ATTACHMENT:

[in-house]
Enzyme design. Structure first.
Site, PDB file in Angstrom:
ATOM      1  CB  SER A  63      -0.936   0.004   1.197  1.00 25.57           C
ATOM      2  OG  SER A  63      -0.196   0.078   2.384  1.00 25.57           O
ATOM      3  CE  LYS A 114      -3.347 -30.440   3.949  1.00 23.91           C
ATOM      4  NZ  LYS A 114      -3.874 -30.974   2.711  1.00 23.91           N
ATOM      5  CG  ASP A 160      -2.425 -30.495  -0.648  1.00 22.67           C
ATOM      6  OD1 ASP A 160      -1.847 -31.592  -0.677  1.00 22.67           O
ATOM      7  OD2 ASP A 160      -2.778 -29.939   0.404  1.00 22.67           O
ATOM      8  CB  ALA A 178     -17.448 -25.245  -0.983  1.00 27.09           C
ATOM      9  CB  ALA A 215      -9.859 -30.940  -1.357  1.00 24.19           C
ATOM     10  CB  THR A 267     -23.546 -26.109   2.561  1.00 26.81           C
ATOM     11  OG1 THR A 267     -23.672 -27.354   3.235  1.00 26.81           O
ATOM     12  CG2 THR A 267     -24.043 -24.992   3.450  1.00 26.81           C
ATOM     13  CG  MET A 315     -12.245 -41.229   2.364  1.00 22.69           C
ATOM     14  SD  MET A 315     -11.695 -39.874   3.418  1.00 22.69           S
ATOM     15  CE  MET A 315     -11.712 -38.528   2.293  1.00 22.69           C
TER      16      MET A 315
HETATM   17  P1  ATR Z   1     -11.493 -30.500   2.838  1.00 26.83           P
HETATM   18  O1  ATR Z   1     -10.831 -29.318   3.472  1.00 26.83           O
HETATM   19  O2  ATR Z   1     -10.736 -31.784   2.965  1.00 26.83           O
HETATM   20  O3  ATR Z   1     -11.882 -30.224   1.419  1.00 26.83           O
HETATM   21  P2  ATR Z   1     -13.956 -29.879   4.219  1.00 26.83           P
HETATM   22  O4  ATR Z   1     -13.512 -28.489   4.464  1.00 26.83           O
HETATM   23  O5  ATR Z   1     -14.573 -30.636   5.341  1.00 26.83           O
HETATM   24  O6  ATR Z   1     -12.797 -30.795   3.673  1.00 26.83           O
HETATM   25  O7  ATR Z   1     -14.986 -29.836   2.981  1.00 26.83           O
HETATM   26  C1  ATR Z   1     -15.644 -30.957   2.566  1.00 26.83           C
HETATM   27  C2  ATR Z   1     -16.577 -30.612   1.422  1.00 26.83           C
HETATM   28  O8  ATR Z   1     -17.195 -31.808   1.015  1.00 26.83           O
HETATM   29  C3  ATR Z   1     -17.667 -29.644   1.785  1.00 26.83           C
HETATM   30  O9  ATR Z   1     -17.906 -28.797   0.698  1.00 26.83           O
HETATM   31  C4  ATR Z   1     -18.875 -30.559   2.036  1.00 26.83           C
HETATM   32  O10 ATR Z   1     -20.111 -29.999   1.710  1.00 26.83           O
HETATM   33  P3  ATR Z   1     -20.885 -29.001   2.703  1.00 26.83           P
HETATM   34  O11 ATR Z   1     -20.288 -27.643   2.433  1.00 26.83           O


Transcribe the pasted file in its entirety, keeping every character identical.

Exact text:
[in-house]
Enzyme design. Structure first.
Site, PDB file in Angstrom:
ATOM      1  CB  SER A  63      -0.936   0.004   1.197  1.00 25.57           C
ATOM      2  OG  SER A  63      -0.196   0.078   2.384  1.00 25.57           O
ATOM      3  CE  LYS A 114      -3.347 -30.440   3.949  1.00 23.91           C
ATOM      4  NZ  LYS A 114      -3.874 -30.974   2.711  1.00 23.91           N
ATOM      5  CG  ASP A 160      -2.425 -30.495  -0.648  1.00 22.67           C
ATOM      6  OD1 ASP A 160      -1.847 -31.592  -0.677  1.00 22.67           O
ATOM      7  OD2 ASP A 160      -2.778 -29.939   0.404  1.00 22.67           O
ATOM      8  CB  ALA A 178     -17.448 -25.245  -0.983  1.00 27.09           C
ATOM      9  CB  ALA A 215      -9.859 -30.940  -1.357  1.00 24.19           C
ATOM     10  CB  THR A 267     -23.546 -26.109   2.561  1.00 26.81           C
ATOM     11  OG1 THR A 267     -23.672 -27.354   3.235  1.00 26.81           O
ATOM     12  CG2 THR A 267     -24.043 -24.992   3.450  1.00 26.81           C
ATOM     13  CG  MET A 315     -12.245 -41.229   2.364  1.00 22.69           C
ATOM     14  SD  MET A 315     -11.695 -39.874   3.418  1.00 22.69           S
ATOM     15  CE  MET A 315     -11.712 -38.528   2.293  1.00 22.69           C
TER      16      MET A 315
HETATM   17  P1  ATR Z   1     -11.493 -30.500   2.838  1.00 26.83           P
HETATM   18  O1  ATR Z   1     -10.831 -29.318   3.472  1.00 26.83           O
HETATM   19  O2  ATR Z   1     -10.736 -31.784   2.965  1.00 26.83           O
HETATM   20  O3  ATR Z   1     -11.882 -30.224   1.419  1.00 26.83           O
HETATM   21  P2  ATR Z   1     -13.956 -29.879   4.219  1.00 26.83           P
HETATM   22  O4  ATR Z   1     -13.512 -28.489   4.464  1.00 26.83           O
HETATM   23  O5  ATR Z   1     -14.573 -30.636   5.341  1.00 26.83           O
HETATM   24  O6  ATR Z   1     -12.797 -30.795   3.673  1.00 26.83           O
HETATM   25  O7  ATR Z   1     -14.986 -29.836   2.981  1.00 26.83           O
HETATM   26  C1  ATR Z   1     -15.644 -30.957   2.566  1.00 26.83           C
HETATM   27  C2  ATR Z   1     -16.577 -30.612   1.422  1.00 26.83           C
HETATM   28  O8  ATR Z   1     -17.195 -31.808   1.015  1.00 26.83           O
HETATM   29  C3  ATR Z   1     -17.667 -29.644   1.785  1.00 26.83           C
HETATM   30  O9  ATR Z   1     -17.906 -28.797   0.698  1.00 26.83           O
HETATM   31  C4  ATR Z   1     -18.875 -30.559   2.036  1.00 26.83           C
HETATM   32  O10 ATR Z   1     -20.111 -29.999   1.710  1.00 26.83           O
HETATM   33  P3  ATR Z   1     -20.885 -29.001   2.703  1.00 26.83           P
HETATM   34  O11 ATR Z   1     -20.288 -27.643   2.433  1.00 26.83           O